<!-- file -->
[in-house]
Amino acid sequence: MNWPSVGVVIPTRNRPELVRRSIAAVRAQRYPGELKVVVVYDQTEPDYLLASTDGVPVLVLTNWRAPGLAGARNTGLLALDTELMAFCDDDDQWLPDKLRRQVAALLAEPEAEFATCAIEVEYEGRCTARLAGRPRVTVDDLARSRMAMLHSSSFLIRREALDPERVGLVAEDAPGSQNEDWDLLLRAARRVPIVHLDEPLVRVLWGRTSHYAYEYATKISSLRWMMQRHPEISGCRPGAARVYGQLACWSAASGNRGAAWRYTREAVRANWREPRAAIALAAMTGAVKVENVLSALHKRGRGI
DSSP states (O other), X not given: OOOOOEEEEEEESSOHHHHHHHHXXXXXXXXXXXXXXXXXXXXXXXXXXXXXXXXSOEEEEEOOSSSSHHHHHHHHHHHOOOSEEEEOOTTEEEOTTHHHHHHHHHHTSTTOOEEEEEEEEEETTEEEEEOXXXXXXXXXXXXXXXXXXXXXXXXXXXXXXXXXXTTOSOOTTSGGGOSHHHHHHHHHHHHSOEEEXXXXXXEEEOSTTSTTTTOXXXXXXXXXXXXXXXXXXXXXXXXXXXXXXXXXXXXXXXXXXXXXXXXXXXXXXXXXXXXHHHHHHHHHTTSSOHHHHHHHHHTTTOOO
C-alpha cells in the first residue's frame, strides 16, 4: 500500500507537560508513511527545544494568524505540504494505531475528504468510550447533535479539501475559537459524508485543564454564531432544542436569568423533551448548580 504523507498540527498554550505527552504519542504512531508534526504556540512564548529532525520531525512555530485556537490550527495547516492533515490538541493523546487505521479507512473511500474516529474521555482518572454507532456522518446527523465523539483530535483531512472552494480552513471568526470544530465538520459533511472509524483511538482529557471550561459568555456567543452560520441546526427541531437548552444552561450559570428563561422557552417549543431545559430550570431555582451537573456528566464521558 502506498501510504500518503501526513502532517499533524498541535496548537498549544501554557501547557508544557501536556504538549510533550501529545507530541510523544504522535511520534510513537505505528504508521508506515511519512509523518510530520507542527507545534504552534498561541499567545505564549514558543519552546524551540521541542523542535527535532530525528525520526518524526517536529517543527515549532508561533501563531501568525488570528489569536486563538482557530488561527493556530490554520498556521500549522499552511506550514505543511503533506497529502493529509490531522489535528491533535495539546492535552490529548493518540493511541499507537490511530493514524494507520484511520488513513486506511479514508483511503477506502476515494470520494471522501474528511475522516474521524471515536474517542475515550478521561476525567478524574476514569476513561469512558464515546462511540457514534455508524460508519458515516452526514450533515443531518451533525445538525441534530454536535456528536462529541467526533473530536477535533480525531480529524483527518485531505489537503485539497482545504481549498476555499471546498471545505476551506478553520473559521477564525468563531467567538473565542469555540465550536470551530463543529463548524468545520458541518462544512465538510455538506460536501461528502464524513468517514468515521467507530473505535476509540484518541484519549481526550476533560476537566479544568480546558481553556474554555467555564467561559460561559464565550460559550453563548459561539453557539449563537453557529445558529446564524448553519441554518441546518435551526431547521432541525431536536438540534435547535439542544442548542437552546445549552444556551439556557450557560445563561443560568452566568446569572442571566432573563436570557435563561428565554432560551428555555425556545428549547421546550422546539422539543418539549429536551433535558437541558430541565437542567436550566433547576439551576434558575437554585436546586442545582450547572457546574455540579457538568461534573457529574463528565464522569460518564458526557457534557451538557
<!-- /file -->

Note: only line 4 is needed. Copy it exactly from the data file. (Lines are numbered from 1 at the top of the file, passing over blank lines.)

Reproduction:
C-alpha cells in the first residue's frame, strides 16, 4: 500500500507537560508513511527545544494568524505540504494505531475528504468510550447533535479539501475559537459524508485543564454564531432544542436569568423533551448548580 504523507498540527498554550505527552504519542504512531508534526504556540512564548529532525520531525512555530485556537490550527495547516492533515490538541493523546487505521479507512473511500474516529474521555482518572454507532456522518446527523465523539483530535483531512472552494480552513471568526470544530465538520459533511472509524483511538482529557471550561459568555456567543452560520441546526427541531437548552444552561450559570428563561422557552417549543431545559430550570431555582451537573456528566464521558 502506498501510504500518503501526513502532517499533524498541535496548537498549544501554557501547557508544557501536556504538549510533550501529545507530541510523544504522535511520534510513537505505528504508521508506515511519512509523518510530520507542527507545534504552534498561541499567545505564549514558543519552546524551540521541542523542535527535532530525528525520526518524526517536529517543527515549532508561533501563531501568525488570528489569536486563538482557530488561527493556530490554520498556521500549522499552511506550514505543511503533506497529502493529509490531522489535528491533535495539546492535552490529548493518540493511541499507537490511530493514524494507520484511520488513513486506511479514508483511503477506502476515494470520494471522501474528511475522516474521524471515536474517542475515550478521561476525567478524574476514569476513561469512558464515546462511540457514534455508524460508519458515516452526514450533515443531518451533525445538525441534530454536535456528536462529541467526533473530536477535533480525531480529524483527518485531505489537503485539497482545504481549498476555499471546498471545505476551506478553520473559521477564525468563531467567538473565542469555540465550536470551530463543529463548524468545520458541518462544512465538510455538506460536501461528502464524513468517514468515521467507530473505535476509540484518541484519549481526550476533560476537566479544568480546558481553556474554555467555564467561559460561559464565550460559550453563548459561539453557539449563537453557529445558529446564524448553519441554518441546518435551526431547521432541525431536536438540534435547535439542544442548542437552546445549552444556551439556557450557560445563561443560568452566568446569572442571566432573563436570557435563561428565554432560551428555555425556545428549547421546550422546539422539543418539549429536551433535558437541558430541565437542567436550566433547576439551576434558575437554585436546586442545582450547572457546574455540579457538568461534573457529574463528565464522569460518564458526557457534557451538557